Early diagnosis of radiation injuries by methods of immunochemical and EPR analyses
- Gennadiy V. Konyukhov et al. ,
- Ramzi N. Nizamov ,
- Natalya B. Tarasova ,
- Rimma V. Nefedova ,
- Vladimir Yu. Petukhov ,
- Maryam I. Ibragimova ,
- Galiya R. Yusupova ,
The diagnosis of radiation injuries involves a complex of clinical and hematological, biochemical, cytomorphological, and other tests. None of these methods, however, allows the objectives of diagnosis, rapid assessment of severity, and prognosis of radiation injuries to be achieved.
The aim of the present study was to investigate the possibility of using immunochemical test methods; indirect hemagglutination assay (IHA), enzyme-linked immunosorbent assay (ELISA), and a physical method (electron paramagnetic resonance (EPR)) for the rapid diagnosis of radiation injuries. Antigens (radiotoxic of quinoid nature), globulins derived from hyperimmunized rabbits and sheep, erythrocyte and enzyme-labeled conjugates were used as specific components. Sensitization of erythrocytes and labeling of globulins with enzyme horseradish peroxidase were carried out in accordance with methods applied in immunochemistry. After having been tested for activity, specificity, and stability, the diagnostics were used in immunochemical test systems for indicating radiotoxic in the blood serum, tissues, and organs of irradiated animals. To confirm the results of the immunochemical tests, physical analysis of the samples was performed in parallel by the method of electron paramagnetic resonance (EPR).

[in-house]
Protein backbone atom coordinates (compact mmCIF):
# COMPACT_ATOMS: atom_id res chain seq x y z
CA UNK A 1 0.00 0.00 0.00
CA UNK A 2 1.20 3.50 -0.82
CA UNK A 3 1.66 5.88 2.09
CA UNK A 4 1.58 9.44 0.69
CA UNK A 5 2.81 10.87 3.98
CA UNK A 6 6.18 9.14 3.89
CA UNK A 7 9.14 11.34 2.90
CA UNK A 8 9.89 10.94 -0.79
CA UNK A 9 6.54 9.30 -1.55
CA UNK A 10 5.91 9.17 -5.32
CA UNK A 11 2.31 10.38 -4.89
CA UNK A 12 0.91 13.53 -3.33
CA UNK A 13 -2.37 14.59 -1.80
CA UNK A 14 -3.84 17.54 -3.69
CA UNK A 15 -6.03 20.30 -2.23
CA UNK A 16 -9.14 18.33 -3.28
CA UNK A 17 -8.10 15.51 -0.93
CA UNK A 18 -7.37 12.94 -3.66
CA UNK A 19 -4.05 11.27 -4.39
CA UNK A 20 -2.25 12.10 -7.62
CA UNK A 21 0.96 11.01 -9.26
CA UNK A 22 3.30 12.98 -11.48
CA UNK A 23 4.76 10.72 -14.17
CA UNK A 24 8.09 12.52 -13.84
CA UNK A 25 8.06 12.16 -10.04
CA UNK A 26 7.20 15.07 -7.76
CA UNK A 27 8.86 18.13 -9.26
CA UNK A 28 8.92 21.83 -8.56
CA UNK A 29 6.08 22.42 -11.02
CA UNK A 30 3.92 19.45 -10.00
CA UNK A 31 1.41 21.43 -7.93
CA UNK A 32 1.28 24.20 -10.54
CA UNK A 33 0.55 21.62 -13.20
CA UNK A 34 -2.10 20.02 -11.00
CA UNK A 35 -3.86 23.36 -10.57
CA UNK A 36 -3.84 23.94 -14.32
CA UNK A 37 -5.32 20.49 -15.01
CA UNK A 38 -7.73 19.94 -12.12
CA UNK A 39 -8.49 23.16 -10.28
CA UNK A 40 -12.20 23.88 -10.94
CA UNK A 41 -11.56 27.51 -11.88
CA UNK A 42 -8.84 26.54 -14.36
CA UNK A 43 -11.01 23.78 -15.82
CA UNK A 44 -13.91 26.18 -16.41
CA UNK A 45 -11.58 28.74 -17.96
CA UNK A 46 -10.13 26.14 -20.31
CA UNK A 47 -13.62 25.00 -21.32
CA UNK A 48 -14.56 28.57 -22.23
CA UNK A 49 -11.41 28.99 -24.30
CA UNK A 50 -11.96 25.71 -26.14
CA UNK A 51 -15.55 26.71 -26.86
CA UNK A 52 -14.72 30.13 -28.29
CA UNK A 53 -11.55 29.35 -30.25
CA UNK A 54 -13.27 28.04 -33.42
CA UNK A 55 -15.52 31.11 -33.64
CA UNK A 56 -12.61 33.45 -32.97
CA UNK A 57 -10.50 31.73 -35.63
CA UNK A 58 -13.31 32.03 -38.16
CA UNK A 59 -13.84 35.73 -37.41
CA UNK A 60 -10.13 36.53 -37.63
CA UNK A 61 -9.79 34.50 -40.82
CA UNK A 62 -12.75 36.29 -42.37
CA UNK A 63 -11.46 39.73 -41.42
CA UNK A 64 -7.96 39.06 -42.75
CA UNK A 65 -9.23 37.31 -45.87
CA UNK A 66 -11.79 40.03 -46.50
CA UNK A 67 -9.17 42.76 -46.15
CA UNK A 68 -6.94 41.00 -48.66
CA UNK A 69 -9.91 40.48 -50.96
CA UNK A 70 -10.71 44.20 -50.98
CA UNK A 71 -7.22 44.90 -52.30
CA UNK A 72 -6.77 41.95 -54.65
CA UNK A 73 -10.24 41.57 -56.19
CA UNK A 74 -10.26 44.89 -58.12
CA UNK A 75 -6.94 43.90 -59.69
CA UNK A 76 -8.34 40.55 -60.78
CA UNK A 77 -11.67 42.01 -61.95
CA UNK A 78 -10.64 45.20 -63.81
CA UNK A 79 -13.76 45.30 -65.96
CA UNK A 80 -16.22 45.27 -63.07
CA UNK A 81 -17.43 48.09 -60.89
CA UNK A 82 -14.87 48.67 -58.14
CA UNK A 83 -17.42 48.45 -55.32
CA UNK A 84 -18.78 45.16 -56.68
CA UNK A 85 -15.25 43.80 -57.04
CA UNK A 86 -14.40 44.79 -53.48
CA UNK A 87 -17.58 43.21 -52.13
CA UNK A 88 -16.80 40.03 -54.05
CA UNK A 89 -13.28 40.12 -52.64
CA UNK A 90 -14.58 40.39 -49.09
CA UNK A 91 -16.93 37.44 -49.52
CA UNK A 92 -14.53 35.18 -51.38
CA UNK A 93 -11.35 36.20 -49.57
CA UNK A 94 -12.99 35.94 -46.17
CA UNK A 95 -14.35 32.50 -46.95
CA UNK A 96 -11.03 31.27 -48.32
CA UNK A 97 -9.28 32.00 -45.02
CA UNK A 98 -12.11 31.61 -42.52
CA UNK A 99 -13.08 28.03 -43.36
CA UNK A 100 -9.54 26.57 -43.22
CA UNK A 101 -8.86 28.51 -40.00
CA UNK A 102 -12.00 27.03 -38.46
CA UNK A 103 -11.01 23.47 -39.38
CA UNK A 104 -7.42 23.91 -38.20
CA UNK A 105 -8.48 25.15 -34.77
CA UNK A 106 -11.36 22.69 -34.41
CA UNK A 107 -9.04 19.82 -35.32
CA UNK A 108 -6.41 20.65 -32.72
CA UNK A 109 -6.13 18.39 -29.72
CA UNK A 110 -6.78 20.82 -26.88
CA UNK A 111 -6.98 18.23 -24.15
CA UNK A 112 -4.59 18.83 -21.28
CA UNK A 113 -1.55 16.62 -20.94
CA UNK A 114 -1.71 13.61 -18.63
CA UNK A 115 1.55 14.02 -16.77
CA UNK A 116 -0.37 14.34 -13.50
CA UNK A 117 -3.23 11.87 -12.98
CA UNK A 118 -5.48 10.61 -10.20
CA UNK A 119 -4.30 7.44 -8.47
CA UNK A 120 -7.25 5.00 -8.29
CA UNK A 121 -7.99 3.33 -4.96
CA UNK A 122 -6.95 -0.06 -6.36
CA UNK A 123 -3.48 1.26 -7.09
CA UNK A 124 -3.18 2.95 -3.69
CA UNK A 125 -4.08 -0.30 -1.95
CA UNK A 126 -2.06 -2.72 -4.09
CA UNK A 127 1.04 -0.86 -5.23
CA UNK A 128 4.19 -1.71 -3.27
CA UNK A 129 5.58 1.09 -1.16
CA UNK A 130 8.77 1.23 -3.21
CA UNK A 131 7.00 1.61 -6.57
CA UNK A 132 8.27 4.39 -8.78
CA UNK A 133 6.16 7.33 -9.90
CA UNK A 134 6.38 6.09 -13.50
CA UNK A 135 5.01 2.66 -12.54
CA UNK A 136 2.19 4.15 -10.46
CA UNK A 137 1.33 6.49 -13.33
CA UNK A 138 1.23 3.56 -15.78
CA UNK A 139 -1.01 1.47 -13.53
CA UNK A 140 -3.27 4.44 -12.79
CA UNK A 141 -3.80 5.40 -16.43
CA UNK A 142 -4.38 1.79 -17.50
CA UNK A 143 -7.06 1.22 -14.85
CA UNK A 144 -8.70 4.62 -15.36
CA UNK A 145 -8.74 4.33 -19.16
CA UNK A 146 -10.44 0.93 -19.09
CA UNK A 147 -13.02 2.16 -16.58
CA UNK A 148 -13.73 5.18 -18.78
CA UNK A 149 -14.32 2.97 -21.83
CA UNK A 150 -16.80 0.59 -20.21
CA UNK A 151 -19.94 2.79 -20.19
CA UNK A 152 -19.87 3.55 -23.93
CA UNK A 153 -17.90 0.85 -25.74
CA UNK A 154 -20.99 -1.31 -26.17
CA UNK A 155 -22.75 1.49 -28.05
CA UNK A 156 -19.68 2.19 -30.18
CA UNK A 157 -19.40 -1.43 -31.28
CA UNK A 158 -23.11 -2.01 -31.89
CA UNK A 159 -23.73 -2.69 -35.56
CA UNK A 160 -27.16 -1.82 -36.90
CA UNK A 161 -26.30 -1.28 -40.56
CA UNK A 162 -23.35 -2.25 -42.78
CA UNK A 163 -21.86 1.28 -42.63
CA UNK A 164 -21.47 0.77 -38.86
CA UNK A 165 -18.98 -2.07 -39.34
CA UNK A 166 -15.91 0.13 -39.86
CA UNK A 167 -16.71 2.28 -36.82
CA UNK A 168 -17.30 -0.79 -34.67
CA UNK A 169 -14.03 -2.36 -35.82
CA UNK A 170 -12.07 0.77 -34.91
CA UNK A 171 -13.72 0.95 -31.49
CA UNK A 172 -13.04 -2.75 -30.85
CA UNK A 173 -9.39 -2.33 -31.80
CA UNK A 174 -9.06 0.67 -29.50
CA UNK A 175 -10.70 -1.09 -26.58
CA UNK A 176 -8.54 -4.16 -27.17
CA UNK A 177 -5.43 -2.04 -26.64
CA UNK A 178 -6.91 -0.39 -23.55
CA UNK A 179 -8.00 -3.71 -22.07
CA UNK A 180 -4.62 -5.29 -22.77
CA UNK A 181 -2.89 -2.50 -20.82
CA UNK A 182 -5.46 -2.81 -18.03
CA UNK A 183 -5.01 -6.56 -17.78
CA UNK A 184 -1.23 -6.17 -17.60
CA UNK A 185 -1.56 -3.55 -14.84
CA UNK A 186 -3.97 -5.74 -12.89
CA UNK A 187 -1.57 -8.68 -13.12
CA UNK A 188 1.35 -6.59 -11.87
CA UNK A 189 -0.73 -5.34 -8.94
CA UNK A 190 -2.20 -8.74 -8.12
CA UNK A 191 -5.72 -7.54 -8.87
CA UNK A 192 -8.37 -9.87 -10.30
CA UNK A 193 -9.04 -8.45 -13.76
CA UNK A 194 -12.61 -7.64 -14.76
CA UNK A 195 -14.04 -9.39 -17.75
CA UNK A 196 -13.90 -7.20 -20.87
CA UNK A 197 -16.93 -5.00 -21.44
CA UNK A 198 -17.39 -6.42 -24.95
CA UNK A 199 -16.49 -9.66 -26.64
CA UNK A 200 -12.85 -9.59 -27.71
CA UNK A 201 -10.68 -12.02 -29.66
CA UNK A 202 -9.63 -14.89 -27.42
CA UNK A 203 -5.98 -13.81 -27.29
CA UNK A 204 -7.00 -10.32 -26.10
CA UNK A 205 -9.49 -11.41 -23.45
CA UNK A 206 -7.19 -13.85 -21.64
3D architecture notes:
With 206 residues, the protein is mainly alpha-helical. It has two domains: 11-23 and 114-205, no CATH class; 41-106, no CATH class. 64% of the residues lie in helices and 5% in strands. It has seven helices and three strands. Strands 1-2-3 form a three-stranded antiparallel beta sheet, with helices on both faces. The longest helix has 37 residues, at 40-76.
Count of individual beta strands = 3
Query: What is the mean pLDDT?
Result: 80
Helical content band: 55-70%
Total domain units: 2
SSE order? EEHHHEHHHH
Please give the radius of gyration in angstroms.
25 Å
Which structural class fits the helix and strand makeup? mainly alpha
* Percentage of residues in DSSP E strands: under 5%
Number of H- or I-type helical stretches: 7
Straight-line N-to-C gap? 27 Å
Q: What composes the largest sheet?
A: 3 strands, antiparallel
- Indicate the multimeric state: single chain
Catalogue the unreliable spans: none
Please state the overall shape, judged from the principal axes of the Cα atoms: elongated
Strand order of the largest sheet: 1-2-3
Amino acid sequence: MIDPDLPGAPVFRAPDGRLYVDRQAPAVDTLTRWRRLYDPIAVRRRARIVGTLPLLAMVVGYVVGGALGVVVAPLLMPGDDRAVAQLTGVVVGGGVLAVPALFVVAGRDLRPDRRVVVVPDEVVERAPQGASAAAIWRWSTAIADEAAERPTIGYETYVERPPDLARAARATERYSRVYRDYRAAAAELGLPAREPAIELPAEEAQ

According to the outcomes of the study, it is as early as on day 1â€“3after radiation exposure that radiotoxic with titers in the range of 1:4â€“1:16aredetected in the animal blood serum byELISA and IHA test systems. As acute radiation syndrome (ARS) develops, the antigen titers increase; at higher titer values (1:16â€“1:32) ARSappears in its severe and fatal form.
Due to their high activity and specificity, the produced antiradiation diagnostics, and EPR test is applicable for the indication of radiation and toxic antigens in animal blood serum, lifetime diagnosis and prognosis of ARS, as well as for indicating toxic compounds in the meat and meat from irradiated animals.